"Me and Jack (Fenton) and Danny (Hill) try to pound into the younger kids' heads that we have to keep going hard, not ever giving up," Hancock senior captain Dylan Paavola said. "That's when comebacks happen. We don't want any of that, because we haven't won a state championship. We didn't want to screw this one up, I guess you could say. I could say I felt comfortable with 3.6 seconds left." 

Hancock players praised their fans, many of whom got on a bus in the middle of the night to make the nine-hour trek to Plymouth for the championship game.

"It's nice to bring back a state championship for all these fans," Nordstrom said. "They drove down today at 3 in the morning to come watch us. It's nice to bring back a state championship for them." 

A Go Fund Me page to help pay for Hancock's trip to Plymouth raised $6,620 from 99 donors in two days.

"It's awesome to see the support of the whole community," Fenton said. "Not just the school, but you see people from all over the country supporting us, alumni coming together and supporting us in our run to achieve this goal, the one goal everyone has to get this state championship." 

Click for the full box score.

PHOTOS: (Top) Hancock players begin to celebrate during Saturday’s Division 3 championship victory. (Middle) Grand Rapids Catholic Central’s Andrew Holland (5) works to keep control of the puck in front of a Hancock pursuer. (Click for more from Andrew Knapik.)

Moggach Honored Nationally for 25 Years of 'Sticking In, Doing Good'

By Tim Robinson
Special for MHSAA.com

March 17, 2023

When Paul Moggach began his tenure as Brighton’s hockey coach, the program was at its nadir.

“When we got into high school hockey, it wasn't very good,” he said recently. “Our league wasn't very good. Our team wasn't very good. We started with character to try to build something different, you know, a different mousetrap.”

Over the next quarter of a century, Moggach and his assistants, primarily Rick Bourbonais (whom Moggach succeeded as coach) and current coach Kurt Kivisto helped lift the program into one of the most respected, and successful, in the state. 

Moggach (pronounced MUG-uhth), along with former Detroit Catholic Central coach Gordon St. John, in February was named a co-recipient of the John Mariucci Award by the American Hockey Coaches Association.

They, along with Andy Weidenbach of Bloomfield Hills Cranbrook Kingswood, are the only Michigan coaches to have received the award, named after the longtime hockey coach at Michigan Tech.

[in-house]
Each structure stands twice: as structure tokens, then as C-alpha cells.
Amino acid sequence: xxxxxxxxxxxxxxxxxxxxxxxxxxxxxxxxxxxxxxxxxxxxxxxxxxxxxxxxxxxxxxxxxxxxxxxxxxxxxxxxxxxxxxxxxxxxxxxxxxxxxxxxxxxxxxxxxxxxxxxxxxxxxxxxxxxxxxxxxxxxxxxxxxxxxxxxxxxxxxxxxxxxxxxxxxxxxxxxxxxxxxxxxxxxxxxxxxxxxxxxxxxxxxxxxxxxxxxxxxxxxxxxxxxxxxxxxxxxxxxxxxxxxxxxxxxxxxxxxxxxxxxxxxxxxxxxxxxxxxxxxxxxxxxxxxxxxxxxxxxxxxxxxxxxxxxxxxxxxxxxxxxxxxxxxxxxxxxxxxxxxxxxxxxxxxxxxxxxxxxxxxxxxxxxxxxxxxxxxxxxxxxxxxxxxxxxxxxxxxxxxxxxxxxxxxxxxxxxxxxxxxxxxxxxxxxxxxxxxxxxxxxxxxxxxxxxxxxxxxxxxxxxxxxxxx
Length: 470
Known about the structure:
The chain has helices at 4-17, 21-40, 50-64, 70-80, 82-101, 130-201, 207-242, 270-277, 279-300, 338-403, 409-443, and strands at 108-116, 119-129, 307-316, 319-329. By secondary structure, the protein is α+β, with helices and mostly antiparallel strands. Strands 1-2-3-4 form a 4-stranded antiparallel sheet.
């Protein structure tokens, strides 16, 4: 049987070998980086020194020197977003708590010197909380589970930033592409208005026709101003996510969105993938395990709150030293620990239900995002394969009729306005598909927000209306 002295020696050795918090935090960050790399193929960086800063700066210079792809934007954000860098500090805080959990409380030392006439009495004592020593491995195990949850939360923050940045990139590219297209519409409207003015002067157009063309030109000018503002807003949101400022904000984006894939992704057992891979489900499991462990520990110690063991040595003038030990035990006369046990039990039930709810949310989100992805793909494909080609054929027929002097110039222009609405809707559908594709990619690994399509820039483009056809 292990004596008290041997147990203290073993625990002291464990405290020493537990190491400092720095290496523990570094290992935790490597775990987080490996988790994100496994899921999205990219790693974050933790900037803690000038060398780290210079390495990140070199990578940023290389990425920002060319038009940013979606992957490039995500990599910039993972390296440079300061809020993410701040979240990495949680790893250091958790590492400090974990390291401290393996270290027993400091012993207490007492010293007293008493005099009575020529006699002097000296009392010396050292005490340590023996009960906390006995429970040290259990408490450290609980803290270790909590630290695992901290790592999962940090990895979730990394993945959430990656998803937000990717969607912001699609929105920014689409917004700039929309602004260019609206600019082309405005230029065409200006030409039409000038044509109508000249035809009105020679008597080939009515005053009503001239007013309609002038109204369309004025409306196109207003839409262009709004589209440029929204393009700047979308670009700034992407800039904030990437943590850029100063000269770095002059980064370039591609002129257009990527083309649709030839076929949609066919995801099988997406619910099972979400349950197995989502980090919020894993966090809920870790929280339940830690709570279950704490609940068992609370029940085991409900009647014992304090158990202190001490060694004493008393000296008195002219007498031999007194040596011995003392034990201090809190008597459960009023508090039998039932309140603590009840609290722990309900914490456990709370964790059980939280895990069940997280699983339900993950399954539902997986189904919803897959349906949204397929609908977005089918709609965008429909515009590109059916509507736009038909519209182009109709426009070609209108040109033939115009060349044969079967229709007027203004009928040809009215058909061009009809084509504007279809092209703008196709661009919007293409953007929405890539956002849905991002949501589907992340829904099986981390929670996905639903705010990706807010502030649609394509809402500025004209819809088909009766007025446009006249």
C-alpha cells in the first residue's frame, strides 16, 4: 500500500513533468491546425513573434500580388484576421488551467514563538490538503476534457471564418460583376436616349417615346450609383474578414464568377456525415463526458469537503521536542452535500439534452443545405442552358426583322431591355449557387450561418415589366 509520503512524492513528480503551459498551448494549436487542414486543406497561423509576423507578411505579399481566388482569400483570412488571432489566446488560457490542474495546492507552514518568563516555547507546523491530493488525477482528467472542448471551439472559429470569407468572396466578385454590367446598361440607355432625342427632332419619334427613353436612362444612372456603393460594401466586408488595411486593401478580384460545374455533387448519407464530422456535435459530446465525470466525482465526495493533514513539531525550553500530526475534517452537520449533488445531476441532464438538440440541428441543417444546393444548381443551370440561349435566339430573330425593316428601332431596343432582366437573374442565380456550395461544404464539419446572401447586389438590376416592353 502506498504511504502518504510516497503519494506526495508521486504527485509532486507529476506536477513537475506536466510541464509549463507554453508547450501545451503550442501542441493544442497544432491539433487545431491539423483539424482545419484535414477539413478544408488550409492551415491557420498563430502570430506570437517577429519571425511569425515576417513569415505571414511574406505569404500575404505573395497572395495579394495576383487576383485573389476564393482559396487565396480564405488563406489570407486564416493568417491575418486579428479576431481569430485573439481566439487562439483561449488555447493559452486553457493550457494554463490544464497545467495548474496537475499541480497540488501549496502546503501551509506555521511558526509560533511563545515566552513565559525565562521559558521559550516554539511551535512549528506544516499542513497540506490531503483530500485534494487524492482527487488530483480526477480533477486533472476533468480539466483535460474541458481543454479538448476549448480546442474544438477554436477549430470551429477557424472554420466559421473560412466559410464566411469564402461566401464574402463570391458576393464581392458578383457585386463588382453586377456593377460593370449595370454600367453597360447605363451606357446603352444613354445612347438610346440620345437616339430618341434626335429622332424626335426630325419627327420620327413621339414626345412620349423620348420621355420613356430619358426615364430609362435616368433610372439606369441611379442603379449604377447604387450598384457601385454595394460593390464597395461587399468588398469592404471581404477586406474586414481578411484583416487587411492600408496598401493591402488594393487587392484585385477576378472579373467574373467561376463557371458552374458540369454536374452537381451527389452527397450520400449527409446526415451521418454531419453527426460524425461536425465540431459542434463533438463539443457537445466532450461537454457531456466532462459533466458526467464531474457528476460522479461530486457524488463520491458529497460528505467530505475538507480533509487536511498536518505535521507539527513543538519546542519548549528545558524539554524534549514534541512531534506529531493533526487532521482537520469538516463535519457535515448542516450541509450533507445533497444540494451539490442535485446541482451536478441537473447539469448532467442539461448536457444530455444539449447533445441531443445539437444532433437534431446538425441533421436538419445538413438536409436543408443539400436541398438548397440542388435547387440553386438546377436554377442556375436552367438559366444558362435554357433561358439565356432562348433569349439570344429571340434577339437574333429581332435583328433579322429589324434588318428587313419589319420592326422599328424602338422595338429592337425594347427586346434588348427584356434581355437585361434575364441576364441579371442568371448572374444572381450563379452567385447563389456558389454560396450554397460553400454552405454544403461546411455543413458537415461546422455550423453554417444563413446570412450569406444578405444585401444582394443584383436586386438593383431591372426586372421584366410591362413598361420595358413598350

“He brought in people that he knew could do things he may have had limitations at,” said Kivisto, who played for Moggach at Brighton two decades ago and was an assistant for 10 years before taking over as head coach in 2020. “He did a good job surrounding himself with people he trusted and knew would be good for the program while he steered the ship in the direction he wanted. And he was very good at that.”

Moggach calls the honor “very humbling.

“​​I got into hockey because there was a need,” he added, “then I ended up with Rick at the high school for those years. When you look back at it, I grew a lot. I grew a lot personally and from a coaching perspective I grew. I had to change things, and so I think it's not so much the reward as at least a recognition that I stuck it out. My grandmother used to always tell me, ‘Stick in and do good.’ She would say that when I was on the way out the door. That was her message to me, and I think (the award) just emphasizes that I did, I did stick in.”

“You can’t be happier for a guy than for a guy like Paul,” said Bourbonais, who coached with Moggach at Brighton for a total of 30 years, the last 20 as an assistant. “He took a hockey team and made it into a hockey program that is a top-five contender every year. Guys come out of the program with championships, but they also come out with life lessons and some idea of what it takes to be a great citizen and a great student as well as what it takes to be a great athlete.” 

At first, though, there were trials. The Bulldogs struggled in his first two seasons, and the program itself was in jeopardy for a short while after a bench-clearing brawl.

Once that crisis passed, Moggach and his staff, which for many years consisted of Bourbonais, Mike Brown and Jason Valente, worked to rebuild the Bulldogs from a team known for its physicality to one with a more wide-open passing style of play. 

When hockey trends went to a more defensive style, where the defense sparked the offense, Moggach adapted. 

During the first decade of his tenure, as the Bulldogs had more success and built their reputation, teams that had shunned scheduling them in the past began adding Brighton to their schedules. 

He kept looking for ways to improve his team, both on and off the ice.

Brighton was the first team to schedule a game with those in the Keweenaw Peninsula, both for the keen competition, but also as a team-bonding exercise. 

The bus rides, about 11 hours each way, helped players who in many cases didn’t know each other outside the rink to bond. So did activities outside of hockey including team dinners and curling, and the experience of being together as a team for four days.